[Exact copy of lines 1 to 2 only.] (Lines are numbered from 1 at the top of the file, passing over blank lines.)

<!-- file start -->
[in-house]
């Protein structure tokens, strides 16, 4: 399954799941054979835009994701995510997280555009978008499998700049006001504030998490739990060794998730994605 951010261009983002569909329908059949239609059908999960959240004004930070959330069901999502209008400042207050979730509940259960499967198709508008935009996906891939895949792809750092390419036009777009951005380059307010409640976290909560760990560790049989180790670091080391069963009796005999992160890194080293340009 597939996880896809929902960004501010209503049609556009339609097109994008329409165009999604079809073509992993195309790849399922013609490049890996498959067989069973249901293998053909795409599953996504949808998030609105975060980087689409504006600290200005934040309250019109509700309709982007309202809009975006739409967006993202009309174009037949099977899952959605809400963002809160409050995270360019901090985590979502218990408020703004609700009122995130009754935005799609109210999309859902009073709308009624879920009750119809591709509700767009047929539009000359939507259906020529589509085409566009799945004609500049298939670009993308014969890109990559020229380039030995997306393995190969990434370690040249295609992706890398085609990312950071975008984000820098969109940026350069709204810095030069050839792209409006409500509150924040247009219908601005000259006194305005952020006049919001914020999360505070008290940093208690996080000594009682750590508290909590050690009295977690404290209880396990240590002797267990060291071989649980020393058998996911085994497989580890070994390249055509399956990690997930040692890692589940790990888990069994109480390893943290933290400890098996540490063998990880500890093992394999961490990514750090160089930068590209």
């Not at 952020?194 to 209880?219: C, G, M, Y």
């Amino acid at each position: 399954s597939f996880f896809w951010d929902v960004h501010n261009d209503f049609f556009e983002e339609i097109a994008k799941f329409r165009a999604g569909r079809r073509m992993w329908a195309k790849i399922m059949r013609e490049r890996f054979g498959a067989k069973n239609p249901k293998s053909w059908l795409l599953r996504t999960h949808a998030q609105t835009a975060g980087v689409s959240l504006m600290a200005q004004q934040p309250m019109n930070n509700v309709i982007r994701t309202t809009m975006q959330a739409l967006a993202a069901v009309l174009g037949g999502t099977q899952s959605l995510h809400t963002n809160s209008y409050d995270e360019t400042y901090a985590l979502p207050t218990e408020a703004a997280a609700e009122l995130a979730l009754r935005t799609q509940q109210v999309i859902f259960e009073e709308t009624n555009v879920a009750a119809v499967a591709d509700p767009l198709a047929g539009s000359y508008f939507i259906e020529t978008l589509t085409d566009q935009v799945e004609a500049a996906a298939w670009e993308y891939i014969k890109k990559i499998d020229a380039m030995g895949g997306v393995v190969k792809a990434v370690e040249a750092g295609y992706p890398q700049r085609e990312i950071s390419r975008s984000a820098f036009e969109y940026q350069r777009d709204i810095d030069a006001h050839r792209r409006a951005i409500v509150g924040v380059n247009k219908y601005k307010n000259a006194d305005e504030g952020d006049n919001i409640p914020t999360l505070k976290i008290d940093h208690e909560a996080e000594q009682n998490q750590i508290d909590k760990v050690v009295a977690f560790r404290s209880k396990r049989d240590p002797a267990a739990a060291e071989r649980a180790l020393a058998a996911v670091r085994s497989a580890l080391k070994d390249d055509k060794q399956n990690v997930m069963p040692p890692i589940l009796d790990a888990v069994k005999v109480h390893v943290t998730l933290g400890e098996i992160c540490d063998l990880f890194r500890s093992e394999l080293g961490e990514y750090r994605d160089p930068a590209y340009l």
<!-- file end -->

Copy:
[in-house]
């Protein structure tokens, strides 16, 4: 399954799941054979835009994701995510997280555009978008499998700049006001504030998490739990060794998730994605 951010261009983002569909329908059949239609059908999960959240004004930070959330069901999502209008400042207050979730509940259960499967198709508008935009996906891939895949792809750092390419036009777009951005380059307010409640976290909560760990560790049989180790670091080391069963009796005999992160890194080293340009 597939996880896809929902960004501010209503049609556009339609097109994008329409165009999604079809073509992993195309790849399922013609490049890996498959067989069973249901293998053909795409599953996504949808998030609105975060980087689409504006600290200005934040309250019109509700309709982007309202809009975006739409967006993202009309174009037949099977899952959605809400963002809160409050995270360019901090985590979502218990408020703004609700009122995130009754935005799609109210999309859902009073709308009624879920009750119809591709509700767009047929539009000359939507259906020529589509085409566009799945004609500049298939670009993308014969890109990559020229380039030995997306393995190969990434370690040249295609992706890398085609990312950071975008984000820098969109940026350069709204810095030069050839792209409006409500509150924040247009219908601005000259006194305005952020006049919001914020999360505070008290940093208690996080000594009682750590508290909590050690009295977690404290209880396990240590002797267990060291071989649980020393058998996911085994497989580890070994390249055509399956990690997930040692890692589940790990888990069994109480390893943290933290400890098996540490063998990880500890093992394999961490990514750090160089930068590209």